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Death from Cerebral Effusion in 1883

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Death from Cerebral Effusion in 1883

Postby Brummie on Exmoor » Fri Oct 07, 2016 5:20 pm

An ancestor who was born in Stow-on-the-Wold in early 1851, worked there as a Groom in the 1880s. He died in June 1883, aged 32, of 'Cerebral Effusion', certified by a local doctor.

Look-ups on Google provide only a rough idea of what exactly this cause of death meant. It might have been Hydrocephalus, Encephalitis, Meningitis, or some other kind of infection, but was probably not a haemorrage, a stroke, or anything sudden. His occupation could however have led to a serious fall or a kick in the head, which may perhaps be relevant.

I would be very grateful if anyone can give me a clear idea as to what may have been behind this early death.

Many thanks,

Jane
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Re: Death from Cerebral Effusion in 1883

Postby maxine tallon » Fri Oct 07, 2016 7:14 pm

I think this means fluid on the brain, which could have resulted from a fall or a horse kicking him in the head.

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Re: Death from Cerebral Effusion in 1883

Postby AdrianB38 » Fri Oct 07, 2016 7:44 pm

The closest that I can find (apart from a Basque "Death Metal" Band :!: ) comes on some copies of pages from Paul Smith's "Archaic Medical Terms" that I saved before it disappeared. I think it's on archive.com. The "I" referred to below is the original author.

Effusion Build up of fluid within or around an organ or structure e.g.
- Pleural effusion - a build up of fluid in the pleural cavity
- Joint effusion - a build up of fluid in a joint
- Effusion of the brain - see below

Effusion of the brain This has appeared as a secondary cause on several queries. Most give a primary disease that could have been fatal, so I suspect that, in these circumstances, it means a lapse into unconsciousness as a terminal event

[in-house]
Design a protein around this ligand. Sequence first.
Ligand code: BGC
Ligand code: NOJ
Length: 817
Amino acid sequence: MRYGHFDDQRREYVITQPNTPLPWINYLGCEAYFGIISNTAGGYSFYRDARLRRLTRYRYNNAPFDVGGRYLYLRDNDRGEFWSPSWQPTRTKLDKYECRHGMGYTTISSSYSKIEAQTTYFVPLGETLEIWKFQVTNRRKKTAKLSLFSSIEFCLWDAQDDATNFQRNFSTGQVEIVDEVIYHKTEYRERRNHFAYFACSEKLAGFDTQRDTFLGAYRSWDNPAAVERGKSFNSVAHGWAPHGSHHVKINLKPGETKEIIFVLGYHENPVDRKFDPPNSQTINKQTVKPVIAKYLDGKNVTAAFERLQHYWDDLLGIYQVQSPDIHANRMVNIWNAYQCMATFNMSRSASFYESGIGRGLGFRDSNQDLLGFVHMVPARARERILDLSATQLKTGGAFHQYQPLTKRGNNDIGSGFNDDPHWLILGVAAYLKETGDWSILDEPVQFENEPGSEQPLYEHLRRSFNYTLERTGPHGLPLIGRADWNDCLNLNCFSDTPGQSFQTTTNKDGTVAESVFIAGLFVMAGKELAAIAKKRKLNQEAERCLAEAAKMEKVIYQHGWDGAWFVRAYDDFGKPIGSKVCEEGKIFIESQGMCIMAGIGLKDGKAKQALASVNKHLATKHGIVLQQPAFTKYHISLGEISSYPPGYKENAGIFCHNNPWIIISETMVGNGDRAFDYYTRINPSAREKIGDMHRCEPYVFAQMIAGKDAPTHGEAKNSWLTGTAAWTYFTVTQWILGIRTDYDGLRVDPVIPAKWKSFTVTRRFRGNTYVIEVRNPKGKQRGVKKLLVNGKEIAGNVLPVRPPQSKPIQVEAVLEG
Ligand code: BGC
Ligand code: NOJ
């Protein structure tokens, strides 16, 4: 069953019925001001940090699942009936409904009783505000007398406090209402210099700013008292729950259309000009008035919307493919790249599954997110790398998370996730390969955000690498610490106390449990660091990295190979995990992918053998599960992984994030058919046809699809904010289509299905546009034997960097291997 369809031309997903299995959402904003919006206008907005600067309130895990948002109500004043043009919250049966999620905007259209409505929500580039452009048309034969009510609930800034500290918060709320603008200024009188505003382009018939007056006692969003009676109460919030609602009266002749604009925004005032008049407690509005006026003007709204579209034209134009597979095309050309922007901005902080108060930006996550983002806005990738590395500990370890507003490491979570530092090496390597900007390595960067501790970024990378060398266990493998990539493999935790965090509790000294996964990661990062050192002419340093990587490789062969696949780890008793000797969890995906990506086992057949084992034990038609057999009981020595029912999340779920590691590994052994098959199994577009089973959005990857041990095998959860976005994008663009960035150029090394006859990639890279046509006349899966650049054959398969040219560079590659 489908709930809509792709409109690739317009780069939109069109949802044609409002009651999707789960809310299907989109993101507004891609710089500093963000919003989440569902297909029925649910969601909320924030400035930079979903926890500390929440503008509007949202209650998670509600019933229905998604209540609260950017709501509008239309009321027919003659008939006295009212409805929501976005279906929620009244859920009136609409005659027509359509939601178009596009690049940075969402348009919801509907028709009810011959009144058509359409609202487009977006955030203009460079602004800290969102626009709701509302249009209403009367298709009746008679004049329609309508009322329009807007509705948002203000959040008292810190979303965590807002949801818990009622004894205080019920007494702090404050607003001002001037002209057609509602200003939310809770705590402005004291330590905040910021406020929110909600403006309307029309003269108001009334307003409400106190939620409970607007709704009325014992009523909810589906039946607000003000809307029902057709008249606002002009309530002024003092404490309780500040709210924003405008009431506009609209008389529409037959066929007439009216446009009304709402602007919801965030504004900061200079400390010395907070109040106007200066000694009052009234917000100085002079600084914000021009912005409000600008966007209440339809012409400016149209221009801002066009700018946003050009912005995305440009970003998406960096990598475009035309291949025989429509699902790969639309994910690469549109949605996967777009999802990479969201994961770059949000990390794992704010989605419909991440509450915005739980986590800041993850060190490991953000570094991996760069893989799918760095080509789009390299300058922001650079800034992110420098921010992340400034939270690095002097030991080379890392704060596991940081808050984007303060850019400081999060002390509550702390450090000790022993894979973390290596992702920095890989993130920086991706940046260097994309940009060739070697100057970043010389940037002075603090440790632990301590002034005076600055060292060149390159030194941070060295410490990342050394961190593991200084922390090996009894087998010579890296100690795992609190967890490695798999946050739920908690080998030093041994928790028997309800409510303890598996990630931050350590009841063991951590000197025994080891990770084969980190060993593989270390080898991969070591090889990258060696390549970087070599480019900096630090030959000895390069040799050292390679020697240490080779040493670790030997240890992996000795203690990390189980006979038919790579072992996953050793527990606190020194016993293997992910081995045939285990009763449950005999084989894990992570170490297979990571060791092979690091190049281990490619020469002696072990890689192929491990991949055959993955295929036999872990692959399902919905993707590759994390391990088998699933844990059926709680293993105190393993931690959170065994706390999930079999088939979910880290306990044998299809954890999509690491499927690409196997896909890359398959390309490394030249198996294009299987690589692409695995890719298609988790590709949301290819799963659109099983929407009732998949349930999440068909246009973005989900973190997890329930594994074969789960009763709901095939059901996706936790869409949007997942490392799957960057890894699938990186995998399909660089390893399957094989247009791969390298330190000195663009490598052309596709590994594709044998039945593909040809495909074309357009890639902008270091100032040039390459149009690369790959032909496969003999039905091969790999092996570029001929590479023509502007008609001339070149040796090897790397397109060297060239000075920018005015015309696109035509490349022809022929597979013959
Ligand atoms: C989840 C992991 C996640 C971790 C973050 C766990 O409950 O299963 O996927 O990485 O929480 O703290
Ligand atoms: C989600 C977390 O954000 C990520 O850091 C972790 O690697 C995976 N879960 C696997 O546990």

I would be wary of thinking that there must be an exact interpretation just from the words. I think that Paul Smith was a doctor and my impression was that, as here, not everything was clear cut when trying to sort out a cause.
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Re: Death from Cerebral Effusion in 1883

Postby MaureenE » Sat Oct 08, 2016 2:37 am

I think the wording primary disease in the wording quoted by Adrian is significant.

I think Jane's ancestor has died from a disease, and not from an accident such as a fall from a horse, or a kick in the head by a horse. I believe these causes would have been noted by the doctor.

Cheers
Maureen
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Re: Death from Cerebral Effusion in 1883

Postby sdup26 » Sat Oct 08, 2016 10:42 am

Cerebral effusion is a collection of fluid, trapped between the surfaces of the brain and its outer lining. Reasons for it include haemorrhage, infection (such as abscess) or injury. It's possible he was in a fight, or, as a groom, had a fall from a horse, or was kicked by a horse. But if he felt OK for a while afterwards, and as it may have taken days to kill him, the connection may not have been made. Alternatively, the doctor knew the cause, but didn't add it to the certificate, which would be quite usual. Just as a doctor doesn't put on a death certificate, 'heart attack due to a blocked cardiac artery.' It would simply be 'heart attack.'
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Re: Death from Cerebral Effusion in 1883

Postby Brummie on Exmoor » Sat Oct 08, 2016 12:31 pm

Thanks everyone for putting so much effort into this reply.

Yes, I got all those hits on the Basque Death Metal Band called Cerebral Effusion! Bizarre!

Yes, if there was a direct link between an accident and his death, one presumes there would be an inquest, or a newspaper report, and there was neither. But yes, a death some days later might escape notice, especially if he was working for a large and successful hostlery or a landowner, and the doctor didn't want to rattle the cage.

I think too, that they lived in a pretty poverty-stricken part of Stow, which had big issues with it's water supply. A brother, also a Groom, died of Typhus a few years before. Infection must have been so easy, and so difficult to combat.

Thank you again everyone, this was really useful.

Jane
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